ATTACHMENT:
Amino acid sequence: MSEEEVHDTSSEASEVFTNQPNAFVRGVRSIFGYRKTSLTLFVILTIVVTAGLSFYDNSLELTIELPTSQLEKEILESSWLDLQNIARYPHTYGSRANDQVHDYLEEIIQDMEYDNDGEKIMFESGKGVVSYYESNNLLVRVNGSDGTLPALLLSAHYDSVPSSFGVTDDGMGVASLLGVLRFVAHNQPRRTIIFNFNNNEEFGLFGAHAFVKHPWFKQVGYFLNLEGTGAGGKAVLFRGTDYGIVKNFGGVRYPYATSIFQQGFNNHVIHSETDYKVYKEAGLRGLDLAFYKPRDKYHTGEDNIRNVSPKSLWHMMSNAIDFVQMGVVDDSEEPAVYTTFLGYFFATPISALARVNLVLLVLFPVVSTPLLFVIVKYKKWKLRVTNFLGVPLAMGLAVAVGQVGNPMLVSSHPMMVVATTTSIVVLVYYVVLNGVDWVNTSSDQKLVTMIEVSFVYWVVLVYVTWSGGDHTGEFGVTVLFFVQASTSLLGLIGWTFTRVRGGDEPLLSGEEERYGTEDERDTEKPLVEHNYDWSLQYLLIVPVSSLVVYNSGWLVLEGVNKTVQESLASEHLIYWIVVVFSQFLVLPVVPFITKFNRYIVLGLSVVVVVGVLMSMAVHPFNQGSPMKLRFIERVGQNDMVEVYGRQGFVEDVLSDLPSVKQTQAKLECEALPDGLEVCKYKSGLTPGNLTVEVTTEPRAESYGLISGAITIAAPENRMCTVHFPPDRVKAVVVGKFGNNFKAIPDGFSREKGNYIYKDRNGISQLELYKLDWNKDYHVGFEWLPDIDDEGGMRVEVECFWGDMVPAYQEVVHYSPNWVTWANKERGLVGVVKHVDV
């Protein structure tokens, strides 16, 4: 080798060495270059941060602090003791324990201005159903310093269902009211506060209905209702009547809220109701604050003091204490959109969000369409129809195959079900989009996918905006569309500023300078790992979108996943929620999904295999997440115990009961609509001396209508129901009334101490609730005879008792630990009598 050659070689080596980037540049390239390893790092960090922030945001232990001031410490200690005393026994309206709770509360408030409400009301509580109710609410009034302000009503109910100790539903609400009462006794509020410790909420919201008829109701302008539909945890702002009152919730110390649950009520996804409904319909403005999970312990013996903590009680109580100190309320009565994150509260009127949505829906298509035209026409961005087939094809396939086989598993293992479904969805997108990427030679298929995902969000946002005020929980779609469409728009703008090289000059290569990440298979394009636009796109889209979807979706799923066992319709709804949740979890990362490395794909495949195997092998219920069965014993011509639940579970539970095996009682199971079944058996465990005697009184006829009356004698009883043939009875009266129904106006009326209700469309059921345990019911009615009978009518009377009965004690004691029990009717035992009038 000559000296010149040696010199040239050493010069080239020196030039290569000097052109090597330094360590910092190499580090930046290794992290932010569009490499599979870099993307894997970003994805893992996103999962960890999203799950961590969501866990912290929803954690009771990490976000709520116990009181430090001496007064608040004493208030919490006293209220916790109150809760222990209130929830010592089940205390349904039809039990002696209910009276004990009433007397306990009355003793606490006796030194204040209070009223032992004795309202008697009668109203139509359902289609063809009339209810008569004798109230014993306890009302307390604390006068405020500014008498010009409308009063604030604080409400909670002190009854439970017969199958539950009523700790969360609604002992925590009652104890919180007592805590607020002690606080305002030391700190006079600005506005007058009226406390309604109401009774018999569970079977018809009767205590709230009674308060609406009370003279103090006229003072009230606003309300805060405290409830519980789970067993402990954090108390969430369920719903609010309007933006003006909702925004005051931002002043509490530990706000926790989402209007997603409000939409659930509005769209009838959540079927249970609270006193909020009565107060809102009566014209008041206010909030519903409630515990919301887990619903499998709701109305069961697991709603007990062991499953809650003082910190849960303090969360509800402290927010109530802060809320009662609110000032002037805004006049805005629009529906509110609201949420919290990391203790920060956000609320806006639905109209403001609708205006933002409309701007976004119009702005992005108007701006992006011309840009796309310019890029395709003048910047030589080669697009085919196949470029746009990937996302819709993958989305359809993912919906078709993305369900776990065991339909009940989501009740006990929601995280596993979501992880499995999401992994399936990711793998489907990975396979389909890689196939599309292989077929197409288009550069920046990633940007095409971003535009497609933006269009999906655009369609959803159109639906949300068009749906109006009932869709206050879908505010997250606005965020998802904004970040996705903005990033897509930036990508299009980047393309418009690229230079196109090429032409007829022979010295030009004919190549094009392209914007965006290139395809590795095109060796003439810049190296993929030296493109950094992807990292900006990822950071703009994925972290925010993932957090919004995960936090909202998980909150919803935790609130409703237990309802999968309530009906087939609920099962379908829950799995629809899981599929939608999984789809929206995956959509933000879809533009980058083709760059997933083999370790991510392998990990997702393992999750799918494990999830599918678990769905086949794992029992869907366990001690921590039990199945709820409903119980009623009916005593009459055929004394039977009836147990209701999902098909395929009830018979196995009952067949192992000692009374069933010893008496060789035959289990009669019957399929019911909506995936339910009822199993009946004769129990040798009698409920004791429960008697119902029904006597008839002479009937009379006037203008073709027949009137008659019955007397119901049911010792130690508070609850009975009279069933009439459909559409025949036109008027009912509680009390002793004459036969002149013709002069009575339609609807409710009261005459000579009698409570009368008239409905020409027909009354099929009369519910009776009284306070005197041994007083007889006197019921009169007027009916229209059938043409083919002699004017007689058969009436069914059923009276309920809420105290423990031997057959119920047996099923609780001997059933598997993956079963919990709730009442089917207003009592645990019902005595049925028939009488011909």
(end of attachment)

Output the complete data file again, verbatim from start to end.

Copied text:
Amino acid sequence: MSEEEVHDTSSEASEVFTNQPNAFVRGVRSIFGYRKTSLTLFVILTIVVTAGLSFYDNSLELTIELPTSQLEKEILESSWLDLQNIARYPHTYGSRANDQVHDYLEEIIQDMEYDNDGEKIMFESGKGVVSYYESNNLLVRVNGSDGTLPALLLSAHYDSVPSSFGVTDDGMGVASLLGVLRFVAHNQPRRTIIFNFNNNEEFGLFGAHAFVKHPWFKQVGYFLNLEGTGAGGKAVLFRGTDYGIVKNFGGVRYPYATSIFQQGFNNHVIHSETDYKVYKEAGLRGLDLAFYKPRDKYHTGEDNIRNVSPKSLWHMMSNAIDFVQMGVVDDSEEPAVYTTFLGYFFATPISALARVNLVLLVLFPVVSTPLLFVIVKYKKWKLRVTNFLGVPLAMGLAVAVGQVGNPMLVSSHPMMVVATTTSIVVLVYYVVLNGVDWVNTSSDQKLVTMIEVSFVYWVVLVYVTWSGGDHTGEFGVTVLFFVQASTSLLGLIGWTFTRVRGGDEPLLSGEEERYGTEDERDTEKPLVEHNYDWSLQYLLIVPVSSLVVYNSGWLVLEGVNKTVQESLASEHLIYWIVVVFSQFLVLPVVPFITKFNRYIVLGLSVVVVVGVLMSMAVHPFNQGSPMKLRFIERVGQNDMVEVYGRQGFVEDVLSDLPSVKQTQAKLECEALPDGLEVCKYKSGLTPGNLTVEVTTEPRAESYGLISGAITIAAPENRMCTVHFPPDRVKAVVVGKFGNNFKAIPDGFSREKGNYIYKDRNGISQLELYKLDWNKDYHVGFEWLPDIDDEGGMRVEVECFWGDMVPAYQEVVHYSPNWVTWANKERGLVGVVKHVDV
């Protein structure tokens, strides 16, 4: 080798060495270059941060602090003791324990201005159903310093269902009211506060209905209702009547809220109701604050003091204490959109969000369409129809195959079900989009996918905006569309500023300078790992979108996943929620999904295999997440115990009961609509001396209508129901009334101490609730005879008792630990009598 050659070689080596980037540049390239390893790092960090922030945001232990001031410490200690005393026994309206709770509360408030409400009301509580109710609410009034302000009503109910100790539903609400009462006794509020410790909420919201008829109701302008539909945890702002009152919730110390649950009520996804409904319909403005999970312990013996903590009680109580100190309320009565994150509260009127949505829906298509035209026409961005087939094809396939086989598993293992479904969805997108990427030679298929995902969000946002005020929980779609469409728009703008090289000059290569990440298979394009636009796109889209979807979706799923066992319709709804949740979890990362490395794909495949195997092998219920069965014993011509639940579970539970095996009682199971079944058996465990005697009184006829009356004698009883043939009875009266129904106006009326209700469309059921345990019911009615009978009518009377009965004690004691029990009717035992009038 000559000296010149040696010199040239050493010069080239020196030039290569000097052109090597330094360590910092190499580090930046290794992290932010569009490499599979870099993307894997970003994805893992996103999962960890999203799950961590969501866990912290929803954690009771990490976000709520116990009181430090001496007064608040004493208030919490006293209220916790109150809760222990209130929830010592089940205390349904039809039990002696209910009276004990009433007397306990009355003793606490006796030194204040209070009223032992004795309202008697009668109203139509359902289609063809009339209810008569004798109230014993306890009302307390604390006068405020500014008498010009409308009063604030604080409400909670002190009854439970017969199958539950009523700790969360609604002992925590009652104890919180007592805590607020002690606080305002030391700190006079600005506005007058009226406390309604109401009774018999569970079977018809009767205590709230009674308060609406009370003279103090006229003072009230606003309300805060405290409830519980789970067993402990954090108390969430369920719903609010309007933006003006909702925004005051931002002043509490530990706000926790989402209007997603409000939409659930509005769209009838959540079927249970609270006193909020009565107060809102009566014209008041206010909030519903409630515990919301887990619903499998709701109305069961697991709603007990062991499953809650003082910190849960303090969360509800402290927010109530802060809320009662609110000032002037805004006049805005629009529906509110609201949420919290990391203790920060956000609320806006639905109209403001609708205006933002409309701007976004119009702005992005108007701006992006011309840009796309310019890029395709003048910047030589080669697009085919196949470029746009990937996302819709993958989305359809993912919906078709993305369900776990065991339909009940989501009740006990929601995280596993979501992880499995999401992994399936990711793998489907990975396979389909890689196939599309292989077929197409288009550069920046990633940007095409971003535009497609933006269009999906655009369609959803159109639906949300068009749906109006009932869709206050879908505010997250606005965020998802904004970040996705903005990033897509930036990508299009980047393309418009690229230079196109090429032409007829022979010295030009004919190549094009392209914007965006290139395809590795095109060796003439810049190296993929030296493109950094992807990292900006990822950071703009994925972290925010993932957090919004995960936090909202998980909150919803935790609130409703237990309802999968309530009906087939609920099962379908829950799995629809899981599929939608999984789809929206995956959509933000879809533009980058083709760059997933083999370790991510392998990990997702393992999750799918494990999830599918678990769905086949794992029992869907366990001690921590039990199945709820409903119980009623009916005593009459055929004394039977009836147990209701999902098909395929009830018979196995009952067949192992000692009374069933010893008496060789035959289990009669019957399929019911909506995936339910009822199993009946004769129990040798009698409920004791429960008697119902029904006597008839002479009937009379006037203008073709027949009137008659019955007397119901049911010792130690508070609850009975009279069933009439459909559409025949036109008027009912509680009390002793004459036969002149013709002069009575339609609807409710009261005459000579009698409570009368008239409905020409027909009354099929009369519910009776009284306070005197041994007083007889006197019921009169007027009916229209059938043409083919002699004017007689058969009436069914059923009276309920809420105290423990031997057959119920047996099923609780001997059933598997993956079963919990709730009442089917207003009592645990019902005595049925028939009488011909």